December 11, 2022 Essay: Join the Throng

Dec 2, 2022

The Advent liturgies have been building a theme, strong on Isaiah. The prophet carries the hopes and dreams of the Jewish people, who have been languishing in captivity in Babylon. He single-handedly takes on their despair with idyllic images of infirmities healed and, always, always, throngs of people singing their way to Zion. For Isaiah, these icons prefigure the kingdom that God will establish once the captives are free. They are the SIGNS of the Kingdom.

Fast forward to the time of John the Baptizer. He is a formidable figure, living in the desert, subsisting on wild food, and proclaiming, to anyone who will listen, the message of “repentance.” He invites the people to act out their conversion by being baptized in the River Jordan. Multitudes respond—including Jesus.

But in today’s Gospel, we learn that John has been imprisoned by Herod. Reports of Jesus’ activities have been reaching John, and he sends some of his disciples to question Jesus: “Are you the one who is to come, or shall we look for another?” Jesus responds, “Go and tell John what you hear and see: the blind receive their sight, the lame walk, the lepers are cleansed, the deaf hear, the dead are raised, and the poor have good news brought to them.”

We recognize this list. They are the SIGNS of the Kingdom. Here is proof that Jesus is “the One,” not because he says so, but because he is fulfilling Isaiah’s prophecy. In this exchange, I always get the sense of “the baton” being handed over. John, who has been so central to preparing the people for the coming of the Messiah, now steps back to allow Jesus to take center stage.

Jesus’ further commentary cements this image. He praises John, extols him as greater than all the prophets (in today’s lingo, G.O.A.T.), but then announces that the focus must now be on himself and his followers. The Kingdom is not just “on the way;” it is HERE in the person of Jesus.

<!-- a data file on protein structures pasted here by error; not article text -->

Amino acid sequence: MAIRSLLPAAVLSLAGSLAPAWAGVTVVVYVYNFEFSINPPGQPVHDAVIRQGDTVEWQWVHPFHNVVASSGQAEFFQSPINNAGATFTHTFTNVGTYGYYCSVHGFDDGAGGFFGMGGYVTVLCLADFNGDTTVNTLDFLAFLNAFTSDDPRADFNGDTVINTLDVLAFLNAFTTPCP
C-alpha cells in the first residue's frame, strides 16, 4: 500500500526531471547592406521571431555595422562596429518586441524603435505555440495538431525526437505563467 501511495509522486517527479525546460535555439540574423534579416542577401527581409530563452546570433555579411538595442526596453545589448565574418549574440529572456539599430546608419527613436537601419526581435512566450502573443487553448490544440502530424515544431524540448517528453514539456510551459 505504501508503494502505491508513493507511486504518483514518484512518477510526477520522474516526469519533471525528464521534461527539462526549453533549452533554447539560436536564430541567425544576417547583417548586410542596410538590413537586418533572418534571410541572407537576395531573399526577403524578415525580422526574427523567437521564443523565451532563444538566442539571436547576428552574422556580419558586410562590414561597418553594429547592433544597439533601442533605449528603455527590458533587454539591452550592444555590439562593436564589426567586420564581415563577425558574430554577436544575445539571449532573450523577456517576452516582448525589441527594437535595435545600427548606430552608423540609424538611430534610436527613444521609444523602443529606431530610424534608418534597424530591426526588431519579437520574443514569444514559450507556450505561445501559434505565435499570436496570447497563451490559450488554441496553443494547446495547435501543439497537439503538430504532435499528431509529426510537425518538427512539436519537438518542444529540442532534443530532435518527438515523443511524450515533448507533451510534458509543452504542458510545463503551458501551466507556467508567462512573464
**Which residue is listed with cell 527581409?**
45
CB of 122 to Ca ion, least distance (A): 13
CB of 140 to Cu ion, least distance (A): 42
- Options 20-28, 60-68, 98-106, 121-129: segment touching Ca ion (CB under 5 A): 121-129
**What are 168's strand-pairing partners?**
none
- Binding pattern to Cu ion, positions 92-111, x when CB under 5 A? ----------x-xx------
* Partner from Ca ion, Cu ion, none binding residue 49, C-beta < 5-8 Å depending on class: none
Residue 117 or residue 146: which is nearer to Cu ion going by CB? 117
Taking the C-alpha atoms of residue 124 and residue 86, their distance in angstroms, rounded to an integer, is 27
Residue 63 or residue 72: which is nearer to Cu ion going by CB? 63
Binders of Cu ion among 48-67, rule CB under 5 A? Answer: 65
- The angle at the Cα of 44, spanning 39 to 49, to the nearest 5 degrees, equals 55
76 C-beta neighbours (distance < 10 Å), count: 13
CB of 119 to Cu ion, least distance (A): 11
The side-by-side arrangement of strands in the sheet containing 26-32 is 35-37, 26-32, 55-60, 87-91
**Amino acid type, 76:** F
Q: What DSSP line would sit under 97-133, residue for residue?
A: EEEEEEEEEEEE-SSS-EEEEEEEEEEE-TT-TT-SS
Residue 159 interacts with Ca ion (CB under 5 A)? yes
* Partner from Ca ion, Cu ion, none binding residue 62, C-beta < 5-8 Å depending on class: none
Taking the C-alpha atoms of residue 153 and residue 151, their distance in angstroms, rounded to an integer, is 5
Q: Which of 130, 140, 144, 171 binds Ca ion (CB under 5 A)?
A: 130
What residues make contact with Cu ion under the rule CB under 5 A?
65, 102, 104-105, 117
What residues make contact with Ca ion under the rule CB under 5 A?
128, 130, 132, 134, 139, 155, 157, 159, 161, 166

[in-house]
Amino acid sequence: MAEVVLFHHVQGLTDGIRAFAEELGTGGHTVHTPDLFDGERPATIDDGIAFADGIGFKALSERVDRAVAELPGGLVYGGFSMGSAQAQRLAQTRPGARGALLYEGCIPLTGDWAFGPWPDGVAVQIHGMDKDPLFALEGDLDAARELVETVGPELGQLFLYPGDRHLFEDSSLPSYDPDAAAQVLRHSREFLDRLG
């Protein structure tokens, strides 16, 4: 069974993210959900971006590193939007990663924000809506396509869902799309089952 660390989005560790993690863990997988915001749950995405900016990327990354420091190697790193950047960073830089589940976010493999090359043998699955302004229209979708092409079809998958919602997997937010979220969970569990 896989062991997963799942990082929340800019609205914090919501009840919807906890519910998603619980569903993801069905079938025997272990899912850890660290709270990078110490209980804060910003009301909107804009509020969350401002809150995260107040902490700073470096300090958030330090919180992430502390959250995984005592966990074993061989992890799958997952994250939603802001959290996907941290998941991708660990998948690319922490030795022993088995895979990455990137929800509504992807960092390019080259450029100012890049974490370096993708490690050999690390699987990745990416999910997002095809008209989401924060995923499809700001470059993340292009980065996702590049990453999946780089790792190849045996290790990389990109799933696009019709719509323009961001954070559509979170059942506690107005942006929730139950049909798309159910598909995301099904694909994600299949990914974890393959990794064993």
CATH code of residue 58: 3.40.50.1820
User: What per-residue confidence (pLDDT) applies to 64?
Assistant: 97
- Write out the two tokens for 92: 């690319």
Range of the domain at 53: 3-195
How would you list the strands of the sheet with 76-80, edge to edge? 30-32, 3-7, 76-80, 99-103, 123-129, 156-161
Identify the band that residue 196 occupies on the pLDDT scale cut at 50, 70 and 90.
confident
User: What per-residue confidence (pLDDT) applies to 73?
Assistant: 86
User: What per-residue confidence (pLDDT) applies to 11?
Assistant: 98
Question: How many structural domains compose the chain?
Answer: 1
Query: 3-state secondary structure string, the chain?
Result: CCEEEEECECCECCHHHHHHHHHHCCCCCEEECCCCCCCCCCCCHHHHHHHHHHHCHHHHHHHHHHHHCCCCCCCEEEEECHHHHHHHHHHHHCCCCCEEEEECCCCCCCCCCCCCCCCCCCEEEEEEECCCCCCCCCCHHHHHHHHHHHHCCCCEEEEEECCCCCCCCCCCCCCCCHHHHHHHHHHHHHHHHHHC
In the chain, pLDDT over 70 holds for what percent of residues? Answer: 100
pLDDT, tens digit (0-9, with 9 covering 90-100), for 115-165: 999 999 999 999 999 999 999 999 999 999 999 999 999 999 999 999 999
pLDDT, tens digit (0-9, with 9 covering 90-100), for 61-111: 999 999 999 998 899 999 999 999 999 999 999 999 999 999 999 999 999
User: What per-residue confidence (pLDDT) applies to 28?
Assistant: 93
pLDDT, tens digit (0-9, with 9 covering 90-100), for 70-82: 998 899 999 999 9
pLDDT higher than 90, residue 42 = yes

What to do with this revelation? Us? Today? Looking back to Isaiah’s images, I delight in conjuring up throngs of people singing their way to Zion.

To Isaiah, this vision comes naturally, an obvious expression of joy. And so, it is our time to join the throng and sing praise to our God.

Our Christian traditions are rich in Advent music. When we approach the celebration of the Incarnation, it comes naturally for us to join in song. The people to whom Isaiah prophesied were filled with longing for the coming of the Messiah. That longing is captured in Comfort, O Comfort My People.

We recall John’s role as a precursor of the Savior On Jordan’s Bank. The traditional hymn, O Come, O Come, Emmanuel, dates back to the monastic life of twelve hundred years ago. Part of our heritage. The full version incorporates the “O Antiphons” that sing the many titles of Jesus. A personal favorite is O Come, Divine Messiah. I love the melody and the meter. If it weren’t a sacred hymn, I might describe it as “rollicking.” The King Shall Come When Morning Dawns again moves us from the darkness of anticipation to the jubilation of the coming of Christ. The haunting melody of Lo! How a Rose E’er Blooming is a meditation.

Anticipation takes hold the closer we get to Christmas. Here at St. Ignatius, we enjoy an embarrassment of riches in seasonal music. Beyond the liturgical Advent hymns, we can preview and pre-experience the glorious music of Christmas in the concerts today and December 18. The concerts feature the Choirs and Orchestra of St. Ignatius Loyola. And you can join our own “throng” singing carols.

As we move through the remaining days of Advent, let’s attend to the thrum of song that is a heartbeat. Let us join our voices in celebration of the coming of our Savior, Jesus the Christ.

— Adele Gallo, Chair, Parish Women’s Faith Group